Please use this identifier to cite or link to this item:
Scopus Web of Science® Altmetric
Type: Journal article
Title: G-protein-coupled receptors in drug discovery: nanosizing using cell-free technologies and molecular biology approaches
Author: Leifert, W.
Aloia, A.
Bucco, O.
Glatz, R.
McMurchie, E.
Citation: Journal of Biomolecular Screening, 2005; 10(8):765-779
Publisher: Mary Ann Liebert Inc Publ
Issue Date: 2005
ISSN: 1087-0571
Statement of
Wayne R. Leifert, Amanda L. Aloia, Olgatina Bucco, Richard V. Glatz, and Edward J. Mcmurchie
Abstract: Signal transduction by G-protein-coupled receptors (GPCRs) underpins a multitude of physiological processes. Ligand recognition by the receptor leads to activation of a genericmolecular switch involving heterotrimeric G-proteins and guanine nucleotides. Signal transduction has been studied extensively with both cell-based systems and assays comprising isolated signaling components. Interest and commercial investment in GPCRs in areas such as drug targets, orphan receptors, highthroughput screening, biosensors, and so on will focus greater attention on assay development to allow for miniaturization, ultra-high throughput and, eventually, microarray/biochip assay formats. Although cell-based assays are adequate for many GPCRs, it is likely that these formatswill limit the development of higher density GPCRassay platforms mandatory for other applications. Stable, robust, cell-free signaling assemblies comprising receptor and appropriate molecular switching components will form the basis of future GPCR assay platforms adaptable for such applications as microarrays. The authors review current cell-free GPCR assay technologies and molecular biological approaches for construction of novel, functional GPCR assays.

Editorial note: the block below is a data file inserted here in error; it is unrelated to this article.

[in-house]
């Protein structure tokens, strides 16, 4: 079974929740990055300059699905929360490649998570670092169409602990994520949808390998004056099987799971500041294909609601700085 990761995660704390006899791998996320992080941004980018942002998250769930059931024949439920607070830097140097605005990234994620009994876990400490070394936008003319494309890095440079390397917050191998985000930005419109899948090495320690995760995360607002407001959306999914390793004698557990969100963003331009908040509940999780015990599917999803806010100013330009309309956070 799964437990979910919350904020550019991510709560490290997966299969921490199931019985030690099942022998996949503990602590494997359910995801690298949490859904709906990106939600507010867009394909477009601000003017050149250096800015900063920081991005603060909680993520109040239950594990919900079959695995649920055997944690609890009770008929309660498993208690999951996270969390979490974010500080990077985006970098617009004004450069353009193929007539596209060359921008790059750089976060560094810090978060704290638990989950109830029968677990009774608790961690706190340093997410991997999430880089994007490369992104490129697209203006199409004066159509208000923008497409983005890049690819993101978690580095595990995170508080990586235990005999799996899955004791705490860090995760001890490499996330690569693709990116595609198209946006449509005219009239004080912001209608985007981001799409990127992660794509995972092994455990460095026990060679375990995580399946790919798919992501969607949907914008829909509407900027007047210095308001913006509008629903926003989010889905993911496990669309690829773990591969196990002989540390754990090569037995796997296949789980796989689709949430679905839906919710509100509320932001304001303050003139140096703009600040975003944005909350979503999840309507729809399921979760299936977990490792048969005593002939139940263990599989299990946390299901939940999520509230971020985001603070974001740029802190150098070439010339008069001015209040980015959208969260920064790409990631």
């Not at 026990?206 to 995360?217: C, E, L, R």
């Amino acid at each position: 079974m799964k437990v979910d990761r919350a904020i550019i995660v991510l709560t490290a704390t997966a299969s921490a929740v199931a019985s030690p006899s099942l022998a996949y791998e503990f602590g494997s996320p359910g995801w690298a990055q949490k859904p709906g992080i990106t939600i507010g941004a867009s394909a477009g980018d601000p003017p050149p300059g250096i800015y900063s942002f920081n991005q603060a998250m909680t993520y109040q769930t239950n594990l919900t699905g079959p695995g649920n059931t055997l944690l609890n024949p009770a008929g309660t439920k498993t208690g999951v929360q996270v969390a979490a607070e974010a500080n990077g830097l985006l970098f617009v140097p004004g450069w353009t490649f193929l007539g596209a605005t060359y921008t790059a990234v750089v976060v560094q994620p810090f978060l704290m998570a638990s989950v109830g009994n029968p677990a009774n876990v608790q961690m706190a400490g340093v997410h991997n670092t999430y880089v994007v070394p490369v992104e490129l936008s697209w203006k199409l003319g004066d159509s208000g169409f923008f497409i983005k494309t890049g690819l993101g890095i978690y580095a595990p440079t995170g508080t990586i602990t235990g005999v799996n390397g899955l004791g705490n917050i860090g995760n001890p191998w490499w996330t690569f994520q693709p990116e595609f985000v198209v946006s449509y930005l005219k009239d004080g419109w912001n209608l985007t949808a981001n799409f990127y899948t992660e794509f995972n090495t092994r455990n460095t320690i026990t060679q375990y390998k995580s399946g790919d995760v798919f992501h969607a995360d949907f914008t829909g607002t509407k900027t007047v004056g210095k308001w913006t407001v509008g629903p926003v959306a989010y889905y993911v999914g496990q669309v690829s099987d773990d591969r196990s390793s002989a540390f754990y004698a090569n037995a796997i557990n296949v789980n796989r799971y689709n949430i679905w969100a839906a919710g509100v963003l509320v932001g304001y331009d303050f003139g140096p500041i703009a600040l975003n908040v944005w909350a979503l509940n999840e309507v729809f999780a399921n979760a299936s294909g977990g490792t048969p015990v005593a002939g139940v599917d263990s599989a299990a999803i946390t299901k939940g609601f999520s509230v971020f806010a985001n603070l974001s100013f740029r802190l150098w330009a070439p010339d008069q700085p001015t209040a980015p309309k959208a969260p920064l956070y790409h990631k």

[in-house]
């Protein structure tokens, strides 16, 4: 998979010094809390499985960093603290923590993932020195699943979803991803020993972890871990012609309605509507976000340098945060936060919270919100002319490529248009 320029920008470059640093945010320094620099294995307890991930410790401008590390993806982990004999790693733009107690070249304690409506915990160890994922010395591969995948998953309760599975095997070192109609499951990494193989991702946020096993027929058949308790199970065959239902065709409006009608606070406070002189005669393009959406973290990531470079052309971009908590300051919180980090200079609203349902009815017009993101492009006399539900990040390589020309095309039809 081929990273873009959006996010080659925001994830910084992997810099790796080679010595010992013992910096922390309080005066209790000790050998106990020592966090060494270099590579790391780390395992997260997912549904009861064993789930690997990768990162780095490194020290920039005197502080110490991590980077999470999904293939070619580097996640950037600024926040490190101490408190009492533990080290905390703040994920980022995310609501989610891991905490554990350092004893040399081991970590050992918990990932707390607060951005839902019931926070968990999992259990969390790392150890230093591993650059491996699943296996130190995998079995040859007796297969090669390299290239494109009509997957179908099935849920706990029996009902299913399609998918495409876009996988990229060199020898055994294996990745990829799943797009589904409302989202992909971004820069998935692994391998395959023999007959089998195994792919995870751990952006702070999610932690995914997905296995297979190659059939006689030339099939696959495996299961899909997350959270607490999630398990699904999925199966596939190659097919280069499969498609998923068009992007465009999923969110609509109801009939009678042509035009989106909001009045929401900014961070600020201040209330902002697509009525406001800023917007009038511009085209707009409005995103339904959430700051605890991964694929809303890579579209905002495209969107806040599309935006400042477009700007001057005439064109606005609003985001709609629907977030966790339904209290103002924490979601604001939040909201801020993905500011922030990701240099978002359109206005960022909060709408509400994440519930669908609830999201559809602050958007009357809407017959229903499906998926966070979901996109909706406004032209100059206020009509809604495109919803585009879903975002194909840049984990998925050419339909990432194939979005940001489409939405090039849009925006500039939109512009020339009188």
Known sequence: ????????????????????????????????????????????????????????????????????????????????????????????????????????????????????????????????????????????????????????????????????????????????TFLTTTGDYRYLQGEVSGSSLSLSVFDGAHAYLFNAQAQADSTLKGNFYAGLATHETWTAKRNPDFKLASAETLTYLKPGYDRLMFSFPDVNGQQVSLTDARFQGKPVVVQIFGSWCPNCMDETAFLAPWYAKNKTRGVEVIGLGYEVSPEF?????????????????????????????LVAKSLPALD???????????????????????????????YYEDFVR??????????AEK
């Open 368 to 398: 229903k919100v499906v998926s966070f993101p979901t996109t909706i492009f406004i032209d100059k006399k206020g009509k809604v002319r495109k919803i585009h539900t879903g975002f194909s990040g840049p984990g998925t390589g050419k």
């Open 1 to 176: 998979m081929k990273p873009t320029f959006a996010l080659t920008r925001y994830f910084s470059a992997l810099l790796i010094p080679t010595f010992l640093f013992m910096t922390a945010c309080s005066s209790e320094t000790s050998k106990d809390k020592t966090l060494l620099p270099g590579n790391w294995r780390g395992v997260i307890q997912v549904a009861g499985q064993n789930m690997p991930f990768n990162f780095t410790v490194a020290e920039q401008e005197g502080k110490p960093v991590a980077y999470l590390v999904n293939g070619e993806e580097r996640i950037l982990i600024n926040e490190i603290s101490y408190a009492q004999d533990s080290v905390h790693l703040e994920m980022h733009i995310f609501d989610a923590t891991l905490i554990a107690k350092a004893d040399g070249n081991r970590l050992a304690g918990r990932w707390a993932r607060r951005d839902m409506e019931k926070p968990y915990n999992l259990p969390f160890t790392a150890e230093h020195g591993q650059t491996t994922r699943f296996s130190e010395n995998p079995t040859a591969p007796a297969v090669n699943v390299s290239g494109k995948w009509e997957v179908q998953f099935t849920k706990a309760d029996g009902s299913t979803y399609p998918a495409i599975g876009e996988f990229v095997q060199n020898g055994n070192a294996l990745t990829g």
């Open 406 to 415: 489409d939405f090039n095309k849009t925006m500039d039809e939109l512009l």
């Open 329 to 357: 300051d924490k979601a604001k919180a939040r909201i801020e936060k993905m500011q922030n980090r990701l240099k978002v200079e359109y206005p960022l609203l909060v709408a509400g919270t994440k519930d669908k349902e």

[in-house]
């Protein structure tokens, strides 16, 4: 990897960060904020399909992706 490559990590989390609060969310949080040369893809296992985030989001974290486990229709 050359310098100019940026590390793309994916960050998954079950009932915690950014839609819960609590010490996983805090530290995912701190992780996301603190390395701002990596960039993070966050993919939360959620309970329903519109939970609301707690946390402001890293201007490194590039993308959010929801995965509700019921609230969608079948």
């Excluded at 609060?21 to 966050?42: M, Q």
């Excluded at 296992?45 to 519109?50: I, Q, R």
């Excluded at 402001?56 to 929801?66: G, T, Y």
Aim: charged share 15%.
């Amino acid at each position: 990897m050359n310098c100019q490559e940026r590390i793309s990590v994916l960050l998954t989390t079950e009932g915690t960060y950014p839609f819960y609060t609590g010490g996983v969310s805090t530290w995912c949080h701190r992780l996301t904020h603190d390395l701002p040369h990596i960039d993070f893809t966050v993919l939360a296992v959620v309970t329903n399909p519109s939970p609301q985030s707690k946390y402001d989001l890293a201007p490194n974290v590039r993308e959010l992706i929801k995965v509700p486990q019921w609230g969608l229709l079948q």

Keywords: GPCR; G-proteins; HTS; cell-free; nanotechnology
Description: © 2005 The Society for Biomolecular Screening
RMID: 0020092100
DOI: 10.1177/1087057105280517
Appears in Collections:Agriculture, Food and Wine publications

Files in This Item:
There are no files associated with this item.

Items in DSpace are protected by copyright, with all rights reserved, unless otherwise indicated.